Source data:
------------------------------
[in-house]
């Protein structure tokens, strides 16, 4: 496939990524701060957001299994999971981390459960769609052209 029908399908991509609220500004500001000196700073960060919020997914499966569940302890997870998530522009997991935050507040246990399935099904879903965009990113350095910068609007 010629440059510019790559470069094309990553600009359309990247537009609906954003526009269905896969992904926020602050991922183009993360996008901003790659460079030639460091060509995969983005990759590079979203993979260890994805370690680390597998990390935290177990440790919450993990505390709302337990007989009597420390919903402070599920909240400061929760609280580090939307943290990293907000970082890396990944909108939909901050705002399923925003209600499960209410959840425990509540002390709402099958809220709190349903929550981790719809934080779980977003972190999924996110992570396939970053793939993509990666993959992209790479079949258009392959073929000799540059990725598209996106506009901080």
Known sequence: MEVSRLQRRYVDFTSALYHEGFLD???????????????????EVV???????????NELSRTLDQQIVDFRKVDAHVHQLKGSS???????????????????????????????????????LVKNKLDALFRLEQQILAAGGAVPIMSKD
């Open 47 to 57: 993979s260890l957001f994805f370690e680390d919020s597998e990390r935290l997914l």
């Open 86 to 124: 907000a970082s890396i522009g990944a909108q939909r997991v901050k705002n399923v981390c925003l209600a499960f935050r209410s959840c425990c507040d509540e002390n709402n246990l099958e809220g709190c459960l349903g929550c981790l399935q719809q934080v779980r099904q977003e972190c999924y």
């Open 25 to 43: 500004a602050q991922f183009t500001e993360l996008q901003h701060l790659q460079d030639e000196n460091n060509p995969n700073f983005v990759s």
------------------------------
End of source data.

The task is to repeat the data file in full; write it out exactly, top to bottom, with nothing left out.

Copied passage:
[in-house]
């Protein structure tokens, strides 16, 4: 496939990524701060957001299994999971981390459960769609052209 029908399908991509609220500004500001000196700073960060919020997914499966569940302890997870998530522009997991935050507040246990399935099904879903965009990113350095910068609007 010629440059510019790559470069094309990553600009359309990247537009609906954003526009269905896969992904926020602050991922183009993360996008901003790659460079030639460091060509995969983005990759590079979203993979260890994805370690680390597998990390935290177990440790919450993990505390709302337990007989009597420390919903402070599920909240400061929760609280580090939307943290990293907000970082890396990944909108939909901050705002399923925003209600499960209410959840425990509540002390709402099958809220709190349903929550981790719809934080779980977003972190999924996110992570396939970053793939993509990666993959992209790479079949258009392959073929000799540059990725598209996106506009901080």
Known sequence: MEVSRLQRRYVDFTSALYHEGFLD???????????????????EVV???????????NELSRTLDQQIVDFRKVDAHVHQLKGSS???????????????????????????????????????LVKNKLDALFRLEQQILAAGGAVPIMSKD
């Open 47 to 57: 993979s260890l957001f994805f370690e680390d919020s597998e990390r935290l997914l």
């Open 86 to 124: 907000a970082s890396i522009g990944a909108q939909r997991v901050k705002n399923v981390c925003l209600a499960f935050r209410s959840c425990c507040d509540e002390n709402n246990l099958e809220g709190c459960l349903g929550c981790l399935q719809q934080v779980r099904q977003e972190c999924y």
């Open 25 to 43: 500004a602050q991922f183009t500001e993360l996008q901003h701060l790659q460079d030639e000196n460091n060509p995969n700073f983005v990759s």